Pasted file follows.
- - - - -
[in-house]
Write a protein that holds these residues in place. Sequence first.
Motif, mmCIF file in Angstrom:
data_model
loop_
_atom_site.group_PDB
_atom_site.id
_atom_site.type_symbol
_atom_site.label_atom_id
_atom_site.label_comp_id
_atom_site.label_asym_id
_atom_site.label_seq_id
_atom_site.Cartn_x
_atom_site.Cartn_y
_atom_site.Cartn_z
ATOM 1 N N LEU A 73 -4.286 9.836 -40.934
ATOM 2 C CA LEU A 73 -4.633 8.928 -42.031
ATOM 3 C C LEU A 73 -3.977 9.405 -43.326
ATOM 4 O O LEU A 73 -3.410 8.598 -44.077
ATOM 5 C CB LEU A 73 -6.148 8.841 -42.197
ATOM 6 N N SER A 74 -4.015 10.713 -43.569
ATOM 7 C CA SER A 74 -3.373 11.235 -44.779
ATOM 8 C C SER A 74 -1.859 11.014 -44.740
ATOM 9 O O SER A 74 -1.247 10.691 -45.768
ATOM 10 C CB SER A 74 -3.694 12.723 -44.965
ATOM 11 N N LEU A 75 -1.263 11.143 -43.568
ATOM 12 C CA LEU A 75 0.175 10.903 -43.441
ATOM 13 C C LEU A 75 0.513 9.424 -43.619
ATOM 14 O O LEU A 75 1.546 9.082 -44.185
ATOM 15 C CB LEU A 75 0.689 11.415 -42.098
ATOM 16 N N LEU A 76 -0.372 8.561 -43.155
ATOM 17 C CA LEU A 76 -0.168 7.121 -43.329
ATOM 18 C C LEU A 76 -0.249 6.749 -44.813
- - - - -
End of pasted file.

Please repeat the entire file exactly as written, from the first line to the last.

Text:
[in-house]
Write a protein that holds these residues in place. Sequence first.
Motif, mmCIF file in Angstrom:
data_model
loop_
_atom_site.group_PDB
_atom_site.id
_atom_site.type_symbol
_atom_site.label_atom_id
_atom_site.label_comp_id
_atom_site.label_asym_id
_atom_site.label_seq_id
_atom_site.Cartn_x
_atom_site.Cartn_y
_atom_site.Cartn_z
ATOM 1 N N LEU A 73 -4.286 9.836 -40.934
ATOM 2 C CA LEU A 73 -4.633 8.928 -42.031
ATOM 3 C C LEU A 73 -3.977 9.405 -43.326
ATOM 4 O O LEU A 73 -3.410 8.598 -44.077
ATOM 5 C CB LEU A 73 -6.148 8.841 -42.197
ATOM 6 N N SER A 74 -4.015 10.713 -43.569
ATOM 7 C CA SER A 74 -3.373 11.235 -44.779
ATOM 8 C C SER A 74 -1.859 11.014 -44.740
ATOM 9 O O SER A 74 -1.247 10.691 -45.768
ATOM 10 C CB SER A 74 -3.694 12.723 -44.965
ATOM 11 N N LEU A 75 -1.263 11.143 -43.568
ATOM 12 C CA LEU A 75 0.175 10.903 -43.441
ATOM 13 C C LEU A 75 0.513 9.424 -43.619
ATOM 14 O O LEU A 75 1.546 9.082 -44.185
ATOM 15 C CB LEU A 75 0.689 11.415 -42.098
ATOM 16 N N LEU A 76 -0.372 8.561 -43.155
ATOM 17 C CA LEU A 76 -0.168 7.121 -43.329
ATOM 18 C C LEU A 76 -0.249 6.749 -44.813